Do the math, and that’s … a lot of people accessing mobile web sites.
What’s more, smart phones users increasingly user their devices to decide whether to visit a business. Most mobile users will not return to a website that is not mobile friendly, and unfriendly sites receive lower mobile search rankings.
So how accommodating is your mobile presence to this new reality?
The mobile version of your site needs its own design that takes into account not only reduced screen dimensions, but technical considerations affecting things like navigation. A good mobile developer can work with you to build your mobile presence in a way that it:
- Is readable on a small screen
- Has faster page-loads on mobile devices
- Automatically detects mobile devices
- Has improved mobile search ranking
To accomplish these traits we will incorporate our 12 key rules of mobile design, which include:
Your mobile app and website is for your customers. Therefore, it helps to know the types of devices your target audience most uses, how they use them and where they most use them. Designing for your customers also means limiting the content you provide. Less is more. You may be tempted to build a complex site with several functions and abundant information about your company, but users will not enjoy the experience.
Since the advent of the printing press, every new medium has had its own design principles, templates and terminology. In the case of mobile, your site needs to adhere to grid patterns, breakpoints and a stacking strategy. Grids and breakpoints are the backbone of a responsive mobile design. And to ensure your content displays properly on a mobile device, you need to define how the content modules are going to stack and reorder themselves.
Smart phones allow you a small amount of space to use. Tablets have a little more, but many of these are getting smaller. The more columns you use in text, the smaller those words will be and the more difficult it will be for users to read. Stick with one column to maximize text size.
As wired and wi-fi’d as the world has become, mobile users still find themselves in places where their service is spotty. It’s during these times that a graphic heavy mobile site will fail to load, which means you may have lost an opportunity to connect.
People don’t have a mouse attached to their mobile device. Therefore, you need to offer simple and intuitive navigation with panels that a user can touch to get to the next screen.
Shakespeare said “brevity is the soul of wit” which is always a good policy in writing for the web, but even more so when considering copy for mobile device viewing. It’s just not that easy for visitors to read long blocks of text on a tiny screen. The guideline for mobile text presentation should be “short and sweet” – wherever possible consolidate sections into pages and pare down paragraphs into a couple of sentences.
Your mobile website is an important part of your brand identity, and will become more so each day. Though you need to limit the amount of color and graphics, your app and/or mobile website still needs to reflect your identity.
Your mobile site or app is not the place to ask users to fill out a survey or form unless they can simply touch the screen to answer the questions. If you want to collect data from a mobile device, use multiple choice buttons instead of forcing users to type in free-form answers.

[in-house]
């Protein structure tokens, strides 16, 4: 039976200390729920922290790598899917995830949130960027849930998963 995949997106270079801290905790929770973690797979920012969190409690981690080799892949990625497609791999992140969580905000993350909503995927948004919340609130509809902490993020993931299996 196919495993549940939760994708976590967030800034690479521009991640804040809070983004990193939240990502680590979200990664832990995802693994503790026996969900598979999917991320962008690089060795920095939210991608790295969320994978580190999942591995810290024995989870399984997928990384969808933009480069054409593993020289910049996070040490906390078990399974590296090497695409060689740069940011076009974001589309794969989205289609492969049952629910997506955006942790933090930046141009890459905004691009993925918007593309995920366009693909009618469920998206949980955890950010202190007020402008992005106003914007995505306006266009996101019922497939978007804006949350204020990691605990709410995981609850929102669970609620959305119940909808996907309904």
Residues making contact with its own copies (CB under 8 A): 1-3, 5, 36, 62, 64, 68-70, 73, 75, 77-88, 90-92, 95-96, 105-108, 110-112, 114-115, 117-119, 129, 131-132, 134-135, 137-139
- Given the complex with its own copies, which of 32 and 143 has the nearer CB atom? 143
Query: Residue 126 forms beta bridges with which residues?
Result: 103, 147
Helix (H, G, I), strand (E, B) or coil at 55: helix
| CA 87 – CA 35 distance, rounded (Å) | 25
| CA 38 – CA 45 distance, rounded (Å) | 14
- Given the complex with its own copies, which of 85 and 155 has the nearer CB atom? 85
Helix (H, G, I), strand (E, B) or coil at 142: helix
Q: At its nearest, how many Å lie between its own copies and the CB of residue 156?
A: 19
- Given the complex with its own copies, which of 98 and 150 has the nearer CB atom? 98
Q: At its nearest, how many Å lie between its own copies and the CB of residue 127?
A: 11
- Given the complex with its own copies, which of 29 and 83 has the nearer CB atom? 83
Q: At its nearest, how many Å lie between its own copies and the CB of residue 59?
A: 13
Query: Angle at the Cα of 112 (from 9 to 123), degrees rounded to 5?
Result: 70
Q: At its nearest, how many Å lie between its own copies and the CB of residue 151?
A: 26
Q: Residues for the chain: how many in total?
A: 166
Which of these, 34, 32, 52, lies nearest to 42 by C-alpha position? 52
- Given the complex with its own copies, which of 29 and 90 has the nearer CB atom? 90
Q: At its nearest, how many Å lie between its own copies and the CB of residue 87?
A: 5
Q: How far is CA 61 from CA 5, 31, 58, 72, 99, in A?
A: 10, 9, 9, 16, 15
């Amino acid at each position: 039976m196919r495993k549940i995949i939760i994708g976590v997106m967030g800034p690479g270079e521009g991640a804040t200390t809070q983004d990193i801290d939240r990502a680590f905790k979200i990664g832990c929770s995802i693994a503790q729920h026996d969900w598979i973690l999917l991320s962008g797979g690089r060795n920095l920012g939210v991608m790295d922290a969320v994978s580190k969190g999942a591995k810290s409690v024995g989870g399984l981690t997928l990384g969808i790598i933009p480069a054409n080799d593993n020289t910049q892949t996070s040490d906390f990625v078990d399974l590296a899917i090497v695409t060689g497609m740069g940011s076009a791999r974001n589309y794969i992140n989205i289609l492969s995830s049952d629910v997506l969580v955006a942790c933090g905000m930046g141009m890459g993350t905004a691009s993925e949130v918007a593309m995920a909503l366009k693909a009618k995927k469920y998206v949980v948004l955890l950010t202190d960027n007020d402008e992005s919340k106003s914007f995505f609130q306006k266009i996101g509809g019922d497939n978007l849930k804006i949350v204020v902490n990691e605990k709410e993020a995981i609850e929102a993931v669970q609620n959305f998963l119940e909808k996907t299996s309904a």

Layers are great when you’re tromping through the snow in an arctic climate. Too many on a mobile website or app hinder the user experience. We recommend two layers of navigation, and certainly no more than three on a mobile site. This allows users to find information quickly without bruising their index fingers from multiple tapping.
Mobile devices have evolved enough that developers can be more creative with fonts and typefaces. Still, you need ensure users can read the content. You can probably be creative with headlines and subheads, while using more traditional fonts for text and body copy. At the same time, your font(s) should be appropriate for your content, properly licensed and optimized for mobile. Also consider your brand identity and whether specific types of font fit your image better than others.
Remember the bad old days of dial-up Internet service when a few overzealous site owners would slap on heavy graphics, causing each page to take 10 minutes to load? How often did you return to those sites?
The same concept holds true with the limited battery life of some mobile devices. The more you work the processor of a smartphone or tablet, the more the battery will drain. If users start to notice the correlation between visiting your site and steadily losing juice in their battery, they may avoid your site. Therefore, keep the design simple enough to limit processing.
Will you remember all 11 of these tips plus the countless others that mobile experts give you? Probably not. But if nothing else, remember this one rule. Before you launch a mobile app or website, have objective third party end users who had nothing to do with its development give it a test drive. Based on their experience, you can tweak or overhaul the design before launching it to the masses. (See Rule #1)
If you’re ready to mobilize your website, I’m In Marketer is ready to talk to you. We’ve been building successful mobile sites and apps for years, and we’ve only gotten better! With I’m In Marketer Mobile Design, the transition for your site will not be expensive or time consuming and the results will delight you. Just let us know the best way for us to reach you here.